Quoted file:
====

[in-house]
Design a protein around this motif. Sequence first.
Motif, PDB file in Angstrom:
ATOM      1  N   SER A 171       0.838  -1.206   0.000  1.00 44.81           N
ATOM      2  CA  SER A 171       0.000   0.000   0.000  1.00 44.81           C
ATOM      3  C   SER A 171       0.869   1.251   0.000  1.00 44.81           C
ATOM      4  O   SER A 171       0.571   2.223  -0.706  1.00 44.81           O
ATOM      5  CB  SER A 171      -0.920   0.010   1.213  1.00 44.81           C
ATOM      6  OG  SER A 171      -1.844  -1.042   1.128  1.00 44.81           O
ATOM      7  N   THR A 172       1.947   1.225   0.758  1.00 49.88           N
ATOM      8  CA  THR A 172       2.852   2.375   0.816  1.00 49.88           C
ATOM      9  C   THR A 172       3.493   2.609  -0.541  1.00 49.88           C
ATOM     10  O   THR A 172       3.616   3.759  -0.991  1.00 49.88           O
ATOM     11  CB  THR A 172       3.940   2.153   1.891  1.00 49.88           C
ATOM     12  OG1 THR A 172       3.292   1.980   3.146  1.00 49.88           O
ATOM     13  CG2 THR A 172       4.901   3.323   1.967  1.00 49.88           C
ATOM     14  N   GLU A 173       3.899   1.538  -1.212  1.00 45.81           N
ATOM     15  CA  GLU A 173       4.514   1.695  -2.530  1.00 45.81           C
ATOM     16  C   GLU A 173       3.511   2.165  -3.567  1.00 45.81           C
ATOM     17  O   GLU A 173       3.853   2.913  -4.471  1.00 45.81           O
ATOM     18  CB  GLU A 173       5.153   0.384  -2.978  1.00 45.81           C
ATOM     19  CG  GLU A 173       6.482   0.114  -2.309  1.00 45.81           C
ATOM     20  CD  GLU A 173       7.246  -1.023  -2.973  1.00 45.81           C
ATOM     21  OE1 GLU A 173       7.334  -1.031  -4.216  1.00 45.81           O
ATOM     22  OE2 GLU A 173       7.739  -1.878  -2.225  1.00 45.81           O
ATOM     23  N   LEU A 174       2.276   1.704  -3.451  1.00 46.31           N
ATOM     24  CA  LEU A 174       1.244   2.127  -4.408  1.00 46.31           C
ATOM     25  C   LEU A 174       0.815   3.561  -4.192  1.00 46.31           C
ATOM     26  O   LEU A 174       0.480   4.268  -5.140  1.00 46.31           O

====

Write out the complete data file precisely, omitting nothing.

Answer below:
[in-house]
Design a protein around this motif. Sequence first.
Motif, PDB file in Angstrom:
ATOM      1  N   SER A 171       0.838  -1.206   0.000  1.00 44.81           N
ATOM      2  CA  SER A 171       0.000   0.000   0.000  1.00 44.81           C
ATOM      3  C   SER A 171       0.869   1.251   0.000  1.00 44.81           C
ATOM      4  O   SER A 171       0.571   2.223  -0.706  1.00 44.81           O
ATOM      5  CB  SER A 171      -0.920   0.010   1.213  1.00 44.81           C
ATOM      6  OG  SER A 171      -1.844  -1.042   1.128  1.00 44.81           O
ATOM      7  N   THR A 172       1.947   1.225   0.758  1.00 49.88           N
ATOM      8  CA  THR A 172       2.852   2.375   0.816  1.00 49.88           C
ATOM      9  C   THR A 172       3.493   2.609  -0.541  1.00 49.88           C
ATOM     10  O   THR A 172       3.616   3.759  -0.991  1.00 49.88           O
ATOM     11  CB  THR A 172       3.940   2.153   1.891  1.00 49.88           C
ATOM     12  OG1 THR A 172       3.292   1.980   3.146  1.00 49.88           O
ATOM     13  CG2 THR A 172       4.901   3.323   1.967  1.00 49.88           C
ATOM     14  N   GLU A 173       3.899   1.538  -1.212  1.00 45.81           N
ATOM     15  CA  GLU A 173       4.514   1.695  -2.530  1.00 45.81           C
ATOM     16  C   GLU A 173       3.511   2.165  -3.567  1.00 45.81           C
ATOM     17  O   GLU A 173       3.853   2.913  -4.471  1.00 45.81           O
ATOM     18  CB  GLU A 173       5.153   0.384  -2.978  1.00 45.81           C
ATOM     19  CG  GLU A 173       6.482   0.114  -2.309  1.00 45.81           C
ATOM     20  CD  GLU A 173       7.246  -1.023  -2.973  1.00 45.81           C
ATOM     21  OE1 GLU A 173       7.334  -1.031  -4.216  1.00 45.81           O
ATOM     22  OE2 GLU A 173       7.739  -1.878  -2.225  1.00 45.81           O
ATOM     23  N   LEU A 174       2.276   1.704  -3.451  1.00 46.31           N
ATOM     24  CA  LEU A 174       1.244   2.127  -4.408  1.00 46.31           C
ATOM     25  C   LEU A 174       0.815   3.561  -4.192  1.00 46.31           C
ATOM     26  O   LEU A 174       0.480   4.268  -5.140  1.00 46.31           O